Relay for Life raises donations and awareness

Geneseo's Relay for Life received a show of support in the form of 956 people who raised a collective $65,900 for the American Cancer Society as of Sunday. An additional $3,000 in donations is expected to arrive in the next week.

The event, held in Kuhl Gym, rocked an outer space theme in accordance with the event's tagline: "Blasting cancer out of this world." Decorations ranging from asteroids to aliens adorned the gym.

More outstanding was the atmosphere of hope and remembrance that filled the room. Participants included student volunteers from all sectors of the campus community including members of the Geneseo branch of Colleges Against Cancer. "To have almost 1,000 of our peers gathered in one place, rallying against this awful disease is very motivating and rewarding," said junior Kaelyn Madden, CAC's Relay for Life chair. "The support of our Geneseo community astounded me."

Three themes pervaded the twelve-hour event: Celebrate, Remember, and Fight Back. Each theme was brought to life with a ceremony.

The Celebrate Ceremony was held first. Donna Berry, winner of the Oncology Nursing Society's 2011 Distinguished Researcher Award, was the night's keynote speaker. She shared her experience as a nurse and researcher and told those present to "be a friend" to someone with cancer.

After Berry finished, cancer survivor Joshua Goodling from Atlanta, Ga. shared his story of being diagnosed with cancer at four years old and being told he had only a week to live. Forty years later, he said, "It's been a long week."

"My favorite part of Relay is the Remembrance Ceremony," said junior Sarah Cantatore, CAC president. "Even with people crying, the reason why everyone is here is written on their faces."

Cantatore, a survivor of skin cancer, said she was happy to give her time to the preparation of the event. "I've been a participant, an organizer, and a survivor," she said.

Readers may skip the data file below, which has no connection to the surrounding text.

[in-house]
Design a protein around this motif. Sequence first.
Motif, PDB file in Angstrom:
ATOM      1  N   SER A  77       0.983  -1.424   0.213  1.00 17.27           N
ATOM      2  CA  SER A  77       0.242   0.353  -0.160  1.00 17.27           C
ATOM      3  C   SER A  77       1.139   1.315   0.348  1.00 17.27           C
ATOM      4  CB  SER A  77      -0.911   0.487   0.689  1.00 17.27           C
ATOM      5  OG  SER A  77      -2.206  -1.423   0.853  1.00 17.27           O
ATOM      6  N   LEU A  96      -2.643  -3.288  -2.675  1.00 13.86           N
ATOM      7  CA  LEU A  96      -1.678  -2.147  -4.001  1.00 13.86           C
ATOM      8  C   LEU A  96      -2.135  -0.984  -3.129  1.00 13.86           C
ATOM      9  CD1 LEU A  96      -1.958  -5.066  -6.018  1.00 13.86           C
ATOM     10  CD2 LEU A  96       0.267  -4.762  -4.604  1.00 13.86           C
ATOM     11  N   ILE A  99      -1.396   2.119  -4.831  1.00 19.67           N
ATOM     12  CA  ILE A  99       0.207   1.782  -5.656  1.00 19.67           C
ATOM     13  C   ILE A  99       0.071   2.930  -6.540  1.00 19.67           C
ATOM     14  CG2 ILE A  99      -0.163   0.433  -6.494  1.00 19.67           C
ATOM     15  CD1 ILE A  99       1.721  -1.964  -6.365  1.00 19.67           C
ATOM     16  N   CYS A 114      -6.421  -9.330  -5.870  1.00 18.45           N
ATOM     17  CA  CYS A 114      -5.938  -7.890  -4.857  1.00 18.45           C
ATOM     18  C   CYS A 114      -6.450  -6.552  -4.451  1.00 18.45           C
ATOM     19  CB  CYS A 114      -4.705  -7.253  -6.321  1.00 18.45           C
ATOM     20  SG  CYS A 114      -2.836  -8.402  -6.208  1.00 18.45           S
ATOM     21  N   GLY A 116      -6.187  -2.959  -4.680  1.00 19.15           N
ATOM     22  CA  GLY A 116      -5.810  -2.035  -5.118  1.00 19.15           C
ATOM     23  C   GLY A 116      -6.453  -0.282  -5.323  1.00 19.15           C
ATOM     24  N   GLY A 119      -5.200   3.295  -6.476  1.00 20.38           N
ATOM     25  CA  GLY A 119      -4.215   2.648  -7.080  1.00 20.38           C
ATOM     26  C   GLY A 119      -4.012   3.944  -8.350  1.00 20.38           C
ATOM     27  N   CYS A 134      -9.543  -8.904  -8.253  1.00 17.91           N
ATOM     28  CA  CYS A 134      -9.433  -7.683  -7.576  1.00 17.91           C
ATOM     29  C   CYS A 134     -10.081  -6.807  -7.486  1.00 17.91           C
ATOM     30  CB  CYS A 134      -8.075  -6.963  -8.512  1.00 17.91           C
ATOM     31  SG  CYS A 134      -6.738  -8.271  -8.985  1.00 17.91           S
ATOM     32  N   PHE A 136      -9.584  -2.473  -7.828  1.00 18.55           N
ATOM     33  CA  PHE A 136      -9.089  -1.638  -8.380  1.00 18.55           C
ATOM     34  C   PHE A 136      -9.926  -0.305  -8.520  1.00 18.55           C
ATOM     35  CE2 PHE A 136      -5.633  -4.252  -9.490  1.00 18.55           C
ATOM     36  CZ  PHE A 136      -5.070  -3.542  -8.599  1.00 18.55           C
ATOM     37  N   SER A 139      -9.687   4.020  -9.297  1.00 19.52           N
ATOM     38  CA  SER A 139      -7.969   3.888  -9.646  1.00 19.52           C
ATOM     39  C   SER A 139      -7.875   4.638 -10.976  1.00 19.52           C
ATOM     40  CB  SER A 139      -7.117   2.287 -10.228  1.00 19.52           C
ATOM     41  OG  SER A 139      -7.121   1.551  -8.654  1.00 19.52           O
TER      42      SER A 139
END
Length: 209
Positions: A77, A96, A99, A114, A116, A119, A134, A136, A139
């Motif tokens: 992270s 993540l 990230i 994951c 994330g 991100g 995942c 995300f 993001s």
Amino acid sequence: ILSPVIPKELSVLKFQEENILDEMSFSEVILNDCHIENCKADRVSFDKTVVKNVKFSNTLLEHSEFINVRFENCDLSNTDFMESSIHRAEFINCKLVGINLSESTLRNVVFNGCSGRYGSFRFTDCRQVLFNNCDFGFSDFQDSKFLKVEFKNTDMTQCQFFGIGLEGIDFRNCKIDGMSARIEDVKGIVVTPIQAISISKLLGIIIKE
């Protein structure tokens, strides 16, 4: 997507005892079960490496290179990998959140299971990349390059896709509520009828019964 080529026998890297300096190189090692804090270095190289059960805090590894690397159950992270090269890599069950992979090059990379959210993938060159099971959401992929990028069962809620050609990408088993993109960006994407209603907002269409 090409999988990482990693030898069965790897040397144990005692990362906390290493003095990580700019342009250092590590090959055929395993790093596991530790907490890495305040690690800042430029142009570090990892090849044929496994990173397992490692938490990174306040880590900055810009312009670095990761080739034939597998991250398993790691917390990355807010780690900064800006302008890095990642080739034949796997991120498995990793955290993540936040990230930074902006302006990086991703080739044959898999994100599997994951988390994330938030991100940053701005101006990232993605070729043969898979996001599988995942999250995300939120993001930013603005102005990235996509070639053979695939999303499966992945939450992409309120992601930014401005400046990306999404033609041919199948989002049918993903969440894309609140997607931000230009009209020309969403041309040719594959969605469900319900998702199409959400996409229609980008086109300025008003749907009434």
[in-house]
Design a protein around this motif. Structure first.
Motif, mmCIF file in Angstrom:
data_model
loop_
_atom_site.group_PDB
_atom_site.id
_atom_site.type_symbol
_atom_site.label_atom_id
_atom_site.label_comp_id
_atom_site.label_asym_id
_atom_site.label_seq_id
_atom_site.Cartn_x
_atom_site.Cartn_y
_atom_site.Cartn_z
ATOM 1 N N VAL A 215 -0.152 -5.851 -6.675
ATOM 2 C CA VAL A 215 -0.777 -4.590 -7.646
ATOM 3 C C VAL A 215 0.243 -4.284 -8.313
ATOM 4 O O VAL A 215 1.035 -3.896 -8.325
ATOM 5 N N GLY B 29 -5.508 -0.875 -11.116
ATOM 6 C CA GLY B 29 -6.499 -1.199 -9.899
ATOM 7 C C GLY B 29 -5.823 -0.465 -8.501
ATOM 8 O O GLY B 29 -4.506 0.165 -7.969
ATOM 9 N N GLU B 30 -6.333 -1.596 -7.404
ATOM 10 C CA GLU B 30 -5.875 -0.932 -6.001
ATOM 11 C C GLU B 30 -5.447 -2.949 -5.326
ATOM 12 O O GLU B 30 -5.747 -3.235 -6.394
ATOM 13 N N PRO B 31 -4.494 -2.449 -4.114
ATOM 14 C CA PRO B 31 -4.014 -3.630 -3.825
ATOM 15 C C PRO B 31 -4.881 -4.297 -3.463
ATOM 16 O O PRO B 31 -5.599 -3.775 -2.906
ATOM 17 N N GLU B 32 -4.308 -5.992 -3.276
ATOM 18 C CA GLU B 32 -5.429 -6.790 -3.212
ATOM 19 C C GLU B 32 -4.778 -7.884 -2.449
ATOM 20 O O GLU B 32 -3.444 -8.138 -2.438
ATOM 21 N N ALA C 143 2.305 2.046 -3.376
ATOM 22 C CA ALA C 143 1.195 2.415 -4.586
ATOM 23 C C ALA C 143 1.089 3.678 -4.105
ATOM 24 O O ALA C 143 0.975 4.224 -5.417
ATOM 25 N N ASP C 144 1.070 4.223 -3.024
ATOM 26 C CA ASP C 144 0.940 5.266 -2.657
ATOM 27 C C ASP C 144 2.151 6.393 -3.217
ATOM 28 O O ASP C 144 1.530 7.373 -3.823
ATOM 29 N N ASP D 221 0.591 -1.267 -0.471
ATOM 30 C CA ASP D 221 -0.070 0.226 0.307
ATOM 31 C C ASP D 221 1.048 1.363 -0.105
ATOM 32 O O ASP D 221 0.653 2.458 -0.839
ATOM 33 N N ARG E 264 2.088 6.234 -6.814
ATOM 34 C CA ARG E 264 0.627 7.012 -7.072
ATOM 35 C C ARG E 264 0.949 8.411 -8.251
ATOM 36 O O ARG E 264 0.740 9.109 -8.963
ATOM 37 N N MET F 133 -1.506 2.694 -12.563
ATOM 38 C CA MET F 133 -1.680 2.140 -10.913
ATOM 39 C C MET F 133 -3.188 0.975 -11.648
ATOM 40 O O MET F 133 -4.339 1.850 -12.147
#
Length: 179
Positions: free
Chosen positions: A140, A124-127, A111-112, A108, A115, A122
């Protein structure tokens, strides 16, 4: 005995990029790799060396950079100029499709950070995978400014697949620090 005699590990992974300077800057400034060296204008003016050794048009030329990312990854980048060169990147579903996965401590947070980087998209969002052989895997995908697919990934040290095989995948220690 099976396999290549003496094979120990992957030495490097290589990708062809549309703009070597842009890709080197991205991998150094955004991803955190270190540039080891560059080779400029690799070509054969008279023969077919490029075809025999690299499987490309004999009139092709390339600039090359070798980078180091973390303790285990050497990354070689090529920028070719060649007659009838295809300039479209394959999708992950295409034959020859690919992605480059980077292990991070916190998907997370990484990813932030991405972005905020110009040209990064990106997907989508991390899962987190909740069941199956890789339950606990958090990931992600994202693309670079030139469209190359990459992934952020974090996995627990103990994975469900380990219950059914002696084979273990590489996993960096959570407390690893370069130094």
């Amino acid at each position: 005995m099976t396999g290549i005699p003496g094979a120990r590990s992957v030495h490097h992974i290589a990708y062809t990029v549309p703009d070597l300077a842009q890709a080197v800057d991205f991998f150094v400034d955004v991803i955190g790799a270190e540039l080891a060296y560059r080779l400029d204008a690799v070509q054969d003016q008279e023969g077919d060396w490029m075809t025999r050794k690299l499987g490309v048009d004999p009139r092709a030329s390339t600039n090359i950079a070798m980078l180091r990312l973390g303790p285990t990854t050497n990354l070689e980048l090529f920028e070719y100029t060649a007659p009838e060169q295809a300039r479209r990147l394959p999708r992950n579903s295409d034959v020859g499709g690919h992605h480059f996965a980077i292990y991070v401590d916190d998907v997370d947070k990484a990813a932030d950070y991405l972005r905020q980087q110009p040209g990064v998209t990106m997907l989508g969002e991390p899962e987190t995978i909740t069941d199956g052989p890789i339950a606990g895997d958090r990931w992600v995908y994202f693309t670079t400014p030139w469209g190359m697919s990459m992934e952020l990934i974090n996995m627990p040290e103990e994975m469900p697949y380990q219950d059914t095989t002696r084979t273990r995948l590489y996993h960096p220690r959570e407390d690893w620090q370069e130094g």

The Remember Ceremony featured Matt Weippert, father of Sarah Grace Weippert. Sarah died of Acute Lymphoblastic Leukemia at the age of twelve after a nine-month battle with the disease. Weippert said his daughter, who would have turned 21 this year, provides a constant reason for him and his wife to help families of children with cancer by providing support and funding.

"Sarah was our inspiration and our role model on how to deal with this disease," Weippert said. "We dream of a day when childhood cancer is no more."

The ceremony continued with a slideshow of cancer victims. As it ended, volunteers remembered their family and friends afflicted by cancer and lit glowsticks in the dark gym to signify why they relay.

The Fight Back ceremony was held at 1:30 a.m. The speaker for this ceremony was junior Jesse Goldberg, who spoke about his girlfriend Cantatore's and his cousin's experiences with cancer. He closed his remarks by highlighting the "ways that ACS helps real people" with money raised at events like Relay.

Other cancer-related foundations were present as well.

"One thing I always like about Relay is the different vendors who show up," said senior Liana Clemente, team captain of the Hot Tub Dolphins team. "I like being exposed to different foundations, and small ones."

Artistic performers included Geneseo Bhangra, Knightline, G-Steppas, Lady Grey, The (Job) Hunters, the Slippery Grip Groove, Tinted Image, The Love Handles and LFSflOw.

"It's cool how so many people come together to make a change," said junior and CAC secretary Nicholas Salamone. "Everyone has a different story but they're all connected by this terrible disease."

Donations can be made at "This year's Relay was rewarding and demonstrates the commitment to activism and outlook of civic engagement within our community," Madden said. "The night was an emotional experience. I am grateful to everyone who made it possible."

Relay for Life is a national fundraising effort that started in 1985. The event is held in communities across the country and has raised over $3 billion since its inception.